Even as a possible new trial on charges of distributing pornography looms over it, the Movie Buffs video store chain has filed for Chapter 11 bankruptcy.
Chain owner Susan Janae Kingston and general manager Larry Warren Peterman filed June 15 in the U.S. Bankruptcy Court for Utah for the Movie Buffs chain, listing a West Point, Davis County, address.Peterman said Monday that they have not yet filed a plan to reorganize the chain, which includes 14 stores in Utah and Wyoming. He said they still are assessing whether to close any stores, as well as other options like selling some of them.
He confirmed that they decided to file based on the possible loss of leases for "various reasons" and a combination of other things, including the effects of the pornography trial.
"It certainly was not a positive effect (on the business)," Peterman said. "We're in a reorganization, which means we need to assess the future of the company and the individual stores and their participation."
The pornography trial in 4th District Court ended last week when a six-member jury could not reach a consensus, and a mistrial was declared. Peterman had been charged with 15 counts of distributing pornographic material, a Class A misdemeanor, in connection with videos rented and sold at the American Fork and Lehi Movie Buffs stores in 1996.
Prosecutors have said they plan to proceed with another trial on the matter.
George H. Speciale, the attorney who is handling the bankruptcy case for Peterman and Kingston, said Monday it was too early to say what effect the filing could have on the company or its stores.
"I know that there's some interest in this criminal case in Utah County, and any time you involve lawyers in your business, it's going to have an impact on your business," Speciale said.
"Because they've been tied up with this other matter, their attention has just been diverted. The filing was necessitated by the threat of the loss of some leases, so we had to file on kind of an emergency basis. The result is that we don't have all the information assembled that will ultimately flesh out the picture of the business."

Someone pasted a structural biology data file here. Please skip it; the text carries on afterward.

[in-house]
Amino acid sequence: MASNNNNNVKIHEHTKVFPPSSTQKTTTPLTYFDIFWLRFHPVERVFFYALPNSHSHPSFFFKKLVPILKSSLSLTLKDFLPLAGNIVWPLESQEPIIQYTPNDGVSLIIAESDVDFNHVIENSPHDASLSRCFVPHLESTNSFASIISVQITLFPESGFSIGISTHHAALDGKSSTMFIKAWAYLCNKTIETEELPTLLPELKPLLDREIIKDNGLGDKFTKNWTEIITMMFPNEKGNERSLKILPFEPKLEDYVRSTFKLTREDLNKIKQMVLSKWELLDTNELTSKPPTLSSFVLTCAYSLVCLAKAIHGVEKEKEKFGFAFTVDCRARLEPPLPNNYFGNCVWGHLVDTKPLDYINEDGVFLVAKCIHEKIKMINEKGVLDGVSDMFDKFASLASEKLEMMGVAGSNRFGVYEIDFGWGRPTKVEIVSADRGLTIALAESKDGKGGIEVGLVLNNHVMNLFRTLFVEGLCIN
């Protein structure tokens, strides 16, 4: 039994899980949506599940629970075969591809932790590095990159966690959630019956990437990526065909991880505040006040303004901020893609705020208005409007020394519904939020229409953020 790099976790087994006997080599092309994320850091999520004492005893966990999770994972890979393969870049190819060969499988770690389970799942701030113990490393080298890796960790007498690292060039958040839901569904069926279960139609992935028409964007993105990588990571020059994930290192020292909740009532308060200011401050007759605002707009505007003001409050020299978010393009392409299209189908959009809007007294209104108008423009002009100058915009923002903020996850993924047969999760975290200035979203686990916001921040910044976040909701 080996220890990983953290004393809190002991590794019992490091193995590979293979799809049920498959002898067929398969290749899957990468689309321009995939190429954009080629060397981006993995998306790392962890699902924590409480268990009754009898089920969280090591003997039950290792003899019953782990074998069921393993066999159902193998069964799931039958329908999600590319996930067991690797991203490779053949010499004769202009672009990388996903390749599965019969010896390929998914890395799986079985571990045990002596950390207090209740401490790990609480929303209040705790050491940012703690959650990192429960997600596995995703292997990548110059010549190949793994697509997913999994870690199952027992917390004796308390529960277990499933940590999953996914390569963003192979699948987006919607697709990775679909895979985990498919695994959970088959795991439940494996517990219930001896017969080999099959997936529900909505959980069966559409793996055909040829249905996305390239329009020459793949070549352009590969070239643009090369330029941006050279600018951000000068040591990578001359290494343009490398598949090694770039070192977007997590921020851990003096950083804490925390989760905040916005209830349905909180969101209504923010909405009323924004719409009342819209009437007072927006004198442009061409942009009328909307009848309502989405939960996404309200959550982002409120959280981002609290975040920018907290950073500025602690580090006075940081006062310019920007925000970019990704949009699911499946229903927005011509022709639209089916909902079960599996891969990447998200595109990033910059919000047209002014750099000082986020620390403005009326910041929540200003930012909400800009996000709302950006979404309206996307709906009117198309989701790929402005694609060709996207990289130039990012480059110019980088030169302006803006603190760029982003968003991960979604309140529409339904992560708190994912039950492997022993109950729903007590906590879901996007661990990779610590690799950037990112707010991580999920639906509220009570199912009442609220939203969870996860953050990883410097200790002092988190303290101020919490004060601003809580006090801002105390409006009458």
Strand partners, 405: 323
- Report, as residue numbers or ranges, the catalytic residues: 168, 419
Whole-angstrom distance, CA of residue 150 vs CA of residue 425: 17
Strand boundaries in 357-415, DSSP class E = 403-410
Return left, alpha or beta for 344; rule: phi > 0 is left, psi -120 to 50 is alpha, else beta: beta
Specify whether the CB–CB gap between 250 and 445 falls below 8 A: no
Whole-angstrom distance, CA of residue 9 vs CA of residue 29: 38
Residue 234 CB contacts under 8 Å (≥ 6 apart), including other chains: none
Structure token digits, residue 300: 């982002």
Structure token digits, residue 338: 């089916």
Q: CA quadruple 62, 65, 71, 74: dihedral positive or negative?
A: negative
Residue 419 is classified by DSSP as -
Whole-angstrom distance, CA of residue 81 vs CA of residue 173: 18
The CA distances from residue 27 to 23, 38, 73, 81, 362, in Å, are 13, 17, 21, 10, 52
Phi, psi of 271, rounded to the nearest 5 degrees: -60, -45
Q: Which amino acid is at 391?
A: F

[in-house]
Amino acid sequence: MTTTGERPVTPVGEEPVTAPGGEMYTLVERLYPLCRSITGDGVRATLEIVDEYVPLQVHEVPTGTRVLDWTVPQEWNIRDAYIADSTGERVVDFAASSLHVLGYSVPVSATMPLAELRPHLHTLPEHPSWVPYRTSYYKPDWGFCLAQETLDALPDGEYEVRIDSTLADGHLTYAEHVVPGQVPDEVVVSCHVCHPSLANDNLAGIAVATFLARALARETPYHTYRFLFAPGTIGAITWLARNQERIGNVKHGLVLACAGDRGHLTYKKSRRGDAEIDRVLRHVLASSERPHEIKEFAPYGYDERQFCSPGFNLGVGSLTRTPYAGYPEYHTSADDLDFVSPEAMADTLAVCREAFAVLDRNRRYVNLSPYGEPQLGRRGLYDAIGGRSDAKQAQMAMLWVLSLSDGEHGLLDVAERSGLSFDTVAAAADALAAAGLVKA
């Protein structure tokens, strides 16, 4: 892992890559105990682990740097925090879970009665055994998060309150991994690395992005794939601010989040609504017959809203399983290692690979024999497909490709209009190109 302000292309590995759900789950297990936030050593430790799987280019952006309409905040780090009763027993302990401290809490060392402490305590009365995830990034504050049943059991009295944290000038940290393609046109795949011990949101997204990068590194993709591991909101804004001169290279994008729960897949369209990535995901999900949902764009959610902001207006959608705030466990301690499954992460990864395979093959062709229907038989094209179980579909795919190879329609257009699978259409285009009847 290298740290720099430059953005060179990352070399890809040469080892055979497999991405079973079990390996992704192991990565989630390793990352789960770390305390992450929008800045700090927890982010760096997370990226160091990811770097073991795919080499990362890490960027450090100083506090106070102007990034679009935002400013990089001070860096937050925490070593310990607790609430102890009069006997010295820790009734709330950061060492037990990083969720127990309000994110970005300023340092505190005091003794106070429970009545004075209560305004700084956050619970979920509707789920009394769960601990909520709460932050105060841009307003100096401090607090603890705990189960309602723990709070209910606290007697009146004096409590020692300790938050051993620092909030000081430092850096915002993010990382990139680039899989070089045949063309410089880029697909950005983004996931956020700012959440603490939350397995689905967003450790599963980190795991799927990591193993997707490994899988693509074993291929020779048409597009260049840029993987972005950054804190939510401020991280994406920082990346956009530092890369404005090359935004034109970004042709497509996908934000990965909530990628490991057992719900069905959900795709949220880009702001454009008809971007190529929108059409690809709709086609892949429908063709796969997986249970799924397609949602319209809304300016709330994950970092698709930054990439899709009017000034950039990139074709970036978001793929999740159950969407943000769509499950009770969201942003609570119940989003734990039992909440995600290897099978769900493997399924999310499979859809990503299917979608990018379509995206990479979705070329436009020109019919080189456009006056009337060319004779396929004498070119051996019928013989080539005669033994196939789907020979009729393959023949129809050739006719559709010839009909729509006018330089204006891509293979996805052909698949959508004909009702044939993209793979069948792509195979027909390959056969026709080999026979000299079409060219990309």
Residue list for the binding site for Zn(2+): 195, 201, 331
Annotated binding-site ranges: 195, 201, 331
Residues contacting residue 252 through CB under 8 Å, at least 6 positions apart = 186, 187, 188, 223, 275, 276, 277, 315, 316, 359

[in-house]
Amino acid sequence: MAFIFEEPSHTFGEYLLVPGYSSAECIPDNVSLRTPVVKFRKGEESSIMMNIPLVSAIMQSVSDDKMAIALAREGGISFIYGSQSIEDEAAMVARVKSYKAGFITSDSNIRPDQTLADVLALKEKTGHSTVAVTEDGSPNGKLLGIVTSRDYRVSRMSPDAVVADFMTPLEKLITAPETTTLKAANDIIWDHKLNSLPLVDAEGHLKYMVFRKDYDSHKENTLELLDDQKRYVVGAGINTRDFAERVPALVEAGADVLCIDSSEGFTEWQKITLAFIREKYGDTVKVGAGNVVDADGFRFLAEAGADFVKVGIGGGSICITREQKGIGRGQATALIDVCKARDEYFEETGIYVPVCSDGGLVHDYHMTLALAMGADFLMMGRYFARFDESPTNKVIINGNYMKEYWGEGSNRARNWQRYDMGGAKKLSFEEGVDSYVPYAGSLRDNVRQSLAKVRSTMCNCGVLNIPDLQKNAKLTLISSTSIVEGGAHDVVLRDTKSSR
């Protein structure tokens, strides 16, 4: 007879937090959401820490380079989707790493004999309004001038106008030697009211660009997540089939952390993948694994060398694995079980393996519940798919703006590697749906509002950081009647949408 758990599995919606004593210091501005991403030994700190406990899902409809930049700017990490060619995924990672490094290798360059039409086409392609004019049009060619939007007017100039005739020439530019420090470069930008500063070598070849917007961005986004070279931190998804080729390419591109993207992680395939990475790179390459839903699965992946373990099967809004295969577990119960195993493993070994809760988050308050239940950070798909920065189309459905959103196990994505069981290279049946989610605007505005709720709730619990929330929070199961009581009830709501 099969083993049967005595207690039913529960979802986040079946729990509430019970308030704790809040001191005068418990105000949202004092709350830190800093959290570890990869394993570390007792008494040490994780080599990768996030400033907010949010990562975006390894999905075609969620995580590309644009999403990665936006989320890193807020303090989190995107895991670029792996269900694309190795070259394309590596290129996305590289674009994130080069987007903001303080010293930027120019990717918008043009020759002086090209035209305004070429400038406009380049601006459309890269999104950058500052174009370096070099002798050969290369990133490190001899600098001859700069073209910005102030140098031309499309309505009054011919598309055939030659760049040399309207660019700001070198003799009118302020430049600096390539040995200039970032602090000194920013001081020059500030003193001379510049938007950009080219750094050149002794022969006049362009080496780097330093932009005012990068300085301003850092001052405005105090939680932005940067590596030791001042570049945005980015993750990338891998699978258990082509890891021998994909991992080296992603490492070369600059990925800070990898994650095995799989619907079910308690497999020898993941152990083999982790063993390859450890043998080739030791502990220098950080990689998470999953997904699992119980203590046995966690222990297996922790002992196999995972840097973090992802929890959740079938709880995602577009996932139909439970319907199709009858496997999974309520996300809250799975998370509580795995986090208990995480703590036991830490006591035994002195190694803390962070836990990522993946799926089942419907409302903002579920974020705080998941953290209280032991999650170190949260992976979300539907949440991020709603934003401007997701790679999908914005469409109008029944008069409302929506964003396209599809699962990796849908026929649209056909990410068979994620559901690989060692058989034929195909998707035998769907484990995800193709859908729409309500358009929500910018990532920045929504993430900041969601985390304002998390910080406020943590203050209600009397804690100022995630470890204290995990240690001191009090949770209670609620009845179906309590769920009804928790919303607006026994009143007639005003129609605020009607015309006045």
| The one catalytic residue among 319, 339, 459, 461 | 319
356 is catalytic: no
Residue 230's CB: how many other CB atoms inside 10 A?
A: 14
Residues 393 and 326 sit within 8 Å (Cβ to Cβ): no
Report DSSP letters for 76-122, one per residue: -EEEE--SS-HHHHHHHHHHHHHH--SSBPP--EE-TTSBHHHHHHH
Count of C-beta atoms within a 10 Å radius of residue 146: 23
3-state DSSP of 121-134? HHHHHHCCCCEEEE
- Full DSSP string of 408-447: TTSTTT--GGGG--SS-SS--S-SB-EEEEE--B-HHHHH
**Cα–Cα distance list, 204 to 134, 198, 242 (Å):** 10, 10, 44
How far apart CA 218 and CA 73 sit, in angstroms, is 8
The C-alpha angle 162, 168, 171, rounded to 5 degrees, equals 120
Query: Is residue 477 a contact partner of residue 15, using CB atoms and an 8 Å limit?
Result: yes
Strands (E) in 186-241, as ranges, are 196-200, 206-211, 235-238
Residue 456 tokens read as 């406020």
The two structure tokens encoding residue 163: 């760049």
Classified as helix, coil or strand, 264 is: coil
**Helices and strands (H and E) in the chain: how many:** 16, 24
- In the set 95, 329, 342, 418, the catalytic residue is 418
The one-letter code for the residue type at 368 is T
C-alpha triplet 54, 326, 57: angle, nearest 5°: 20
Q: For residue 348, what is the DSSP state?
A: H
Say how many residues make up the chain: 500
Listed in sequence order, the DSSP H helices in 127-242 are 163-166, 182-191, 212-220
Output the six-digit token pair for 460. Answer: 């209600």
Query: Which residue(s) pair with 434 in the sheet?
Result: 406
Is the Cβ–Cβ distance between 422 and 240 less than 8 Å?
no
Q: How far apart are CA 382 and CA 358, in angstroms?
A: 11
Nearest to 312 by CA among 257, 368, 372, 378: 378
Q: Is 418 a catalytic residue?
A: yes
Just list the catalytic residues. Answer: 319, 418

Doug Brockbank, an American Fork resident whose complaints initiated the Movie Buffs investigation, said his reaction to the bankruptcy would be different had it prompted closure of the Movie Buffs in Lehi. The American Fork store closed last year.
While Brockbank said he doesn't wish bankruptcy on anyone, store owners and managers need to be responsible for what they sell. Had the video store listened to thousands of residents who signed petitions opposing the type of movies it distributes, the case wouldn't have gone to trial, he said.
As it is, Brockbank sounds satisfied with the outcome.
"It's a great story of a neighborhood in essence taking back the community," he said.
The bankruptcy filing listed Movie Buffs as having between 200 and 999 creditors, assets of between $100,000 and $499,000 and liabilities between $1 million and $9,999,000.
Among the top 20 listed unsecured claims were one from Rentrak of Portland, Ore., for about $167,000 and one from Valley Record Distributors Inc. of Woodland, Calif., for about $128,000. Several other listed claims were from Salt Lake City, Ogden and Idaho property management companies, as well as one for about $12,000 from Mooney and Associates, the Salt Lake City law firm of Movie Buffs defense attorney Jerry Mooney.
Another claim received on June 22, after the initial filing, was from Hot Chixx Inc. of Van Nuys, Calif., for about $5,700.
The first meeting of creditors in the bankruptcy case is scheduled for July 22.
Speciale said reorganization plans are not required immediately upon filing a bankruptcy petition.
"Until I have the schedules and statements that are required to be filed, I won't have the information in the kind of form that I need in order to look at it and determine what we need to look at for a form of the plan, who gets what and how and when," he said.